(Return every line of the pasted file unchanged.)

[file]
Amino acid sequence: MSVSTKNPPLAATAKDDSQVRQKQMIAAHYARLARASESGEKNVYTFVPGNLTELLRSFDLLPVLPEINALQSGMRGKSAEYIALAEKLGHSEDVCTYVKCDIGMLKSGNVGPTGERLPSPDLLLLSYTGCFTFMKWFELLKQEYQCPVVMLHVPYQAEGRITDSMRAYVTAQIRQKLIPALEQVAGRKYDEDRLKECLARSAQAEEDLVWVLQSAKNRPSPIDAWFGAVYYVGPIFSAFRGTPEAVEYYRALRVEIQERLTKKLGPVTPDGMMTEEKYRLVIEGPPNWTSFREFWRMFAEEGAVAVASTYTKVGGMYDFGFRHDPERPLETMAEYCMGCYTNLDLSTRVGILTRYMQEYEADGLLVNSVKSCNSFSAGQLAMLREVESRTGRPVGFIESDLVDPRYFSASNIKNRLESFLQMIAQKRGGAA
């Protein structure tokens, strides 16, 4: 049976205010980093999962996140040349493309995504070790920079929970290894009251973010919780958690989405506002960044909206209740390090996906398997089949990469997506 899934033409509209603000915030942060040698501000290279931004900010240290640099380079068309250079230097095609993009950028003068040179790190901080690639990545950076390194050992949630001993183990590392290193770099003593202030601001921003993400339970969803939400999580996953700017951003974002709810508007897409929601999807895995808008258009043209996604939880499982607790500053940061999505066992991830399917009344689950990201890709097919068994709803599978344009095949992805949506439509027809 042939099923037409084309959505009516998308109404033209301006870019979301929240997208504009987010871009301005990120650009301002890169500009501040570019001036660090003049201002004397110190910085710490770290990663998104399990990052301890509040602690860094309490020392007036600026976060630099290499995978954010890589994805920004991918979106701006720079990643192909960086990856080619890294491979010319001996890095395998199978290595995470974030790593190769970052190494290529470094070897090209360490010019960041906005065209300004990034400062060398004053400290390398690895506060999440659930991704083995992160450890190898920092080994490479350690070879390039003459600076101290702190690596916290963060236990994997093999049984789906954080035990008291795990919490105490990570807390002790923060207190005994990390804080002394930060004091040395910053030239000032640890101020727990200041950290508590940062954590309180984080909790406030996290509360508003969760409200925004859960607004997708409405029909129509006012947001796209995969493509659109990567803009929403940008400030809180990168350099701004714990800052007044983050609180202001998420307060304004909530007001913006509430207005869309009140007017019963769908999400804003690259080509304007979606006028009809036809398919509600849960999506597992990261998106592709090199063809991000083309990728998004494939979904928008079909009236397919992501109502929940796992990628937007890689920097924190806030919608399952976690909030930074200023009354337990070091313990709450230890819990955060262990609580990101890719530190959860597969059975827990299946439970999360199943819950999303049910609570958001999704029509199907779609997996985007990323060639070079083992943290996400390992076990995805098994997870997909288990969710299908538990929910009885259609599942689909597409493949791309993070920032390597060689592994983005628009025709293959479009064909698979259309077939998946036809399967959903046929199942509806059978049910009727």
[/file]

Amino acid sequence: MSVSTKNPPLAATAKDDSQVRQKQMIAAHYARLARASESGEKNVYTFVPGNLTELLRSFDLLPVLPEINALQSGMRGKSAEYIALAEKLGHSEDVCTYVKCDIGMLKSGNVGPTGERLPSPDLLLLSYTGCFTFMKWFELLKQEYQCPVVMLHVPYQAEGRITDSMRAYVTAQIRQKLIPALEQVAGRKYDEDRLKECLARSAQAEEDLVWVLQSAKNRPSPIDAWFGAVYYVGPIFSAFRGTPEAVEYYRALRVEIQERLTKKLGPVTPDGMMTEEKYRLVIEGPPNWTSFREFWRMFAEEGAVAVASTYTKVGGMYDFGFRHDPERPLETMAEYCMGCYTNLDLSTRVGILTRYMQEYEADGLLVNSVKSCNSFSAGQLAMLREVESRTGRPVGFIESDLVDPRYFSASNIKNRLESFLQMIAQKRGGAA
């Protein structure tokens, strides 16, 4: 049976205010980093999962996140040349493309995504070790920079929970290894009251973010919780958690989405506002960044909206209740390090996906398997089949990469997506 899934033409509209603000915030942060040698501000290279931004900010240290640099380079068309250079230097095609993009950028003068040179790190901080690639990545950076390194050992949630001993183990590392290193770099003593202030601001921003993400339970969803939400999580996953700017951003974002709810508007897409929601999807895995808008258009043209996604939880499982607790500053940061999505066992991830399917009344689950990201890709097919068994709803599978344009095949992805949506439509027809 042939099923037409084309959505009516998308109404033209301006870019979301929240997208504009987010871009301005990120650009301002890169500009501040570019001036660090003049201002004397110190910085710490770290990663998104399990990052301890509040602690860094309490020392007036600026976060630099290499995978954010890589994805920004991918979106701006720079990643192909960086990856080619890294491979010319001996890095395998199978290595995470974030790593190769970052190494290529470094070897090209360490010019960041906005065209300004990034400062060398004053400290390398690895506060999440659930991704083995992160450890190898920092080994490479350690070879390039003459600076101290702190690596916290963060236990994997093999049984789906954080035990008291795990919490105490990570807390002790923060207190005994990390804080002394930060004091040395910053030239000032640890101020727990200041950290508590940062954590309180984080909790406030996290509360508003969760409200925004859960607004997708409405029909129509006012947001796209995969493509659109990567803009929403940008400030809180990168350099701004714990800052007044983050609180202001998420307060304004909530007001913006509430207005869309009140007017019963769908999400804003690259080509304007979606006028009809036809398919509600849960999506597992990261998106592709090199063809991000083309990728998004494939979904928008079909009236397919992501109502929940796992990628937007890689920097924190806030919608399952976690909030930074200023009354337990070091313990709450230890819990955060262990609580990101890719530190959860597969059975827990299946439970999360199943819950999303049910609570958001999704029509199907779609997996985007990323060639070079083992943290996400390992076990995805098994997870997909288990969710299908538990929910009885259609599942689909597409493949791309993070920032390597060689592994983005628009025709293959479009064909698979259309077939998946036809399967959903046929199942509806059978049910009727």